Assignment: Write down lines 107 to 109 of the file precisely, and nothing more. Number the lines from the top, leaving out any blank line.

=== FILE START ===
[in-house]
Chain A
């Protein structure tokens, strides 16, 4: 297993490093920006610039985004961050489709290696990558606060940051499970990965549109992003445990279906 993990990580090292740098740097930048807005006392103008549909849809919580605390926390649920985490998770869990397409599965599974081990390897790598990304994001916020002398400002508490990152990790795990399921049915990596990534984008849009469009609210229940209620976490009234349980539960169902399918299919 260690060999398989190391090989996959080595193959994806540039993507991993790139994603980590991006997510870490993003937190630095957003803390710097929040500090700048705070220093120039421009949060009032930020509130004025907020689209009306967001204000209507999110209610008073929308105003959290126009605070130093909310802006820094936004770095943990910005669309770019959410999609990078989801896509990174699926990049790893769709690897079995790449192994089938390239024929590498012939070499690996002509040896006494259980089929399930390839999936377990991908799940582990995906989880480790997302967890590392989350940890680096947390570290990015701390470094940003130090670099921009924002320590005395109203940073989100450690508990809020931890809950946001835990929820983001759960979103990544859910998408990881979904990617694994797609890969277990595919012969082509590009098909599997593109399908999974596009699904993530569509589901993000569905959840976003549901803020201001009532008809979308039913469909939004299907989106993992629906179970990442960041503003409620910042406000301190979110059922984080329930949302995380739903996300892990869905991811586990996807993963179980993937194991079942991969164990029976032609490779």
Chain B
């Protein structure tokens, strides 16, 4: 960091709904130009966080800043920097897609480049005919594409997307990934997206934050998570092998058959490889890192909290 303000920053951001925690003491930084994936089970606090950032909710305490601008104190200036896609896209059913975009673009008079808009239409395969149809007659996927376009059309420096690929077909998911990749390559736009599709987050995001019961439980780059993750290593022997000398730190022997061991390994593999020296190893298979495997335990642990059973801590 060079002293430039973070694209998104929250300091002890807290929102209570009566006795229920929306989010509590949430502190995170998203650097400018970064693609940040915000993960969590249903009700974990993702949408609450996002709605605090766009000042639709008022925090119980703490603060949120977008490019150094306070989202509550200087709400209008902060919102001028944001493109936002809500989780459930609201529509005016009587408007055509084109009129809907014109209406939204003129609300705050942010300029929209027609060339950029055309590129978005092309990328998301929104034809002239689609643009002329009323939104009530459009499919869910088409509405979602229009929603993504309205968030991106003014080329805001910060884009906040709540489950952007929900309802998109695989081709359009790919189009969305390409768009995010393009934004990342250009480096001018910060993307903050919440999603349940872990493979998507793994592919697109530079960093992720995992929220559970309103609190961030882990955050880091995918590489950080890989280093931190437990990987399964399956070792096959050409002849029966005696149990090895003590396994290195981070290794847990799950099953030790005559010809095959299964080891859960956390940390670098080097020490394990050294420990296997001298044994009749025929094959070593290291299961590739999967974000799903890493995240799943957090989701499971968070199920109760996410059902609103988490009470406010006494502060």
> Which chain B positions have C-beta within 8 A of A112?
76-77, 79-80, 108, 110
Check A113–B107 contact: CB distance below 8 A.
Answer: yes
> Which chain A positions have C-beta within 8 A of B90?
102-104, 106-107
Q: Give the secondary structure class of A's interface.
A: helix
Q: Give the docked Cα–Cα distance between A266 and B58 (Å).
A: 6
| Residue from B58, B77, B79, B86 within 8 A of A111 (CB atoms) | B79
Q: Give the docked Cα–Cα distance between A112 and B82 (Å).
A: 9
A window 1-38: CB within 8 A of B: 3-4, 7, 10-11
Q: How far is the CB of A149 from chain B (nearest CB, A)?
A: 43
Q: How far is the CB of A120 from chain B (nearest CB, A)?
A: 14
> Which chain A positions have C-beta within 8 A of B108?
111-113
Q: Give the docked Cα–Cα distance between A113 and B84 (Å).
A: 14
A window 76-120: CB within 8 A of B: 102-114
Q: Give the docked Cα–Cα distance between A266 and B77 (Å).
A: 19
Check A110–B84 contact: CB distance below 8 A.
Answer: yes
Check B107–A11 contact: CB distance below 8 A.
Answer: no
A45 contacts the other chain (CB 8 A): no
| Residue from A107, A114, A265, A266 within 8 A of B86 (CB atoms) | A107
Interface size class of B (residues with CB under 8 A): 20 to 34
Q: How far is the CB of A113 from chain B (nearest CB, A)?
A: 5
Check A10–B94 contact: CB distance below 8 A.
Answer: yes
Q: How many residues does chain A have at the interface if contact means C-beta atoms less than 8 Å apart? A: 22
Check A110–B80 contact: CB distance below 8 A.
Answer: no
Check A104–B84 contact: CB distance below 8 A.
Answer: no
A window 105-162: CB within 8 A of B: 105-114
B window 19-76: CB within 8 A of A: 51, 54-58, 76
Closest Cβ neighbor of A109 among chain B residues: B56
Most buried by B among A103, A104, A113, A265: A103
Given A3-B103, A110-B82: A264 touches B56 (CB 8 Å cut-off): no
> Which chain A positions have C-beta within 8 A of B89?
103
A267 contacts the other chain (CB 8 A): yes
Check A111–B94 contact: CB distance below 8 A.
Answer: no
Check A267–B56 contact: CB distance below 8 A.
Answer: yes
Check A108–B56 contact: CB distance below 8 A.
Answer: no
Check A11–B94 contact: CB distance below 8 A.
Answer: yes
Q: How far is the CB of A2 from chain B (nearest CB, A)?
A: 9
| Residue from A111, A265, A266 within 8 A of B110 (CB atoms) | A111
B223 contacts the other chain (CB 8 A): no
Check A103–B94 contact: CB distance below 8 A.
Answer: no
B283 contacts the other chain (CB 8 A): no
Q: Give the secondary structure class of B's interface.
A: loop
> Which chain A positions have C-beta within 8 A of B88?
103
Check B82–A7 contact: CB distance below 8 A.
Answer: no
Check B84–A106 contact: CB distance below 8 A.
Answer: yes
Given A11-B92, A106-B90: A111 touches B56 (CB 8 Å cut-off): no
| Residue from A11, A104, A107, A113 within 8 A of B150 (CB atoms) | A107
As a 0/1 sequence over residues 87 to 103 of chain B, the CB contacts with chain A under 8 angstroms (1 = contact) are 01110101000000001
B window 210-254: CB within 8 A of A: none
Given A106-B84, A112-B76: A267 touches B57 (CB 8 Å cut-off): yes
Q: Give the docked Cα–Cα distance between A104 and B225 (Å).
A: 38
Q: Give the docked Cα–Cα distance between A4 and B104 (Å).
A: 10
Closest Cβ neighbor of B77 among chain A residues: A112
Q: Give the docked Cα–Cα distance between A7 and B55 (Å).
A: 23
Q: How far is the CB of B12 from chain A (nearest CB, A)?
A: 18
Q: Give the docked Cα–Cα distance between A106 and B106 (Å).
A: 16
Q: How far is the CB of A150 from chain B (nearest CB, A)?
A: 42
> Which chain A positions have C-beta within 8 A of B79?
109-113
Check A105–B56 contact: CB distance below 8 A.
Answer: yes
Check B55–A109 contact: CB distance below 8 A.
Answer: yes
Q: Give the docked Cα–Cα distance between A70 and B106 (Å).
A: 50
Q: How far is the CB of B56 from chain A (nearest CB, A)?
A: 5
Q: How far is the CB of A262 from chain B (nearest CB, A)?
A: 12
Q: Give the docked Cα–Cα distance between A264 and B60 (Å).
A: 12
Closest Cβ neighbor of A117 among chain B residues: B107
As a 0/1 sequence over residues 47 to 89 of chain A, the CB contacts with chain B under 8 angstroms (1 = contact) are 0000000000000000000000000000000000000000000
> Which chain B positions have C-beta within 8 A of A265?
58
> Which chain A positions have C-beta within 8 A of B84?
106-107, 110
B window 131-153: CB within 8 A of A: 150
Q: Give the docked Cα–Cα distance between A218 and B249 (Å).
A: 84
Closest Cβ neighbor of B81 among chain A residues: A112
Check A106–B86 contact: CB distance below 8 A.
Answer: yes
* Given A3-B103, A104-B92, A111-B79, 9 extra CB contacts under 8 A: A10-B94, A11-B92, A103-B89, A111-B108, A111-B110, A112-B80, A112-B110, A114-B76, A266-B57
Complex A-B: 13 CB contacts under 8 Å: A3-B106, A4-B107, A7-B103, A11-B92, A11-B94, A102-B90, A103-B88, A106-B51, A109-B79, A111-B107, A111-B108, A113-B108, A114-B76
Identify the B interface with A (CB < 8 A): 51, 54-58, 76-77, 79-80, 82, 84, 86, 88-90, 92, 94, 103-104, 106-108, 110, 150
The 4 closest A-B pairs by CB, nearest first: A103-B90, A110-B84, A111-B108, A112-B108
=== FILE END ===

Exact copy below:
A: 12
Q: Give the docked Cα–Cα distance between A264 and B60 (Å).
A: 12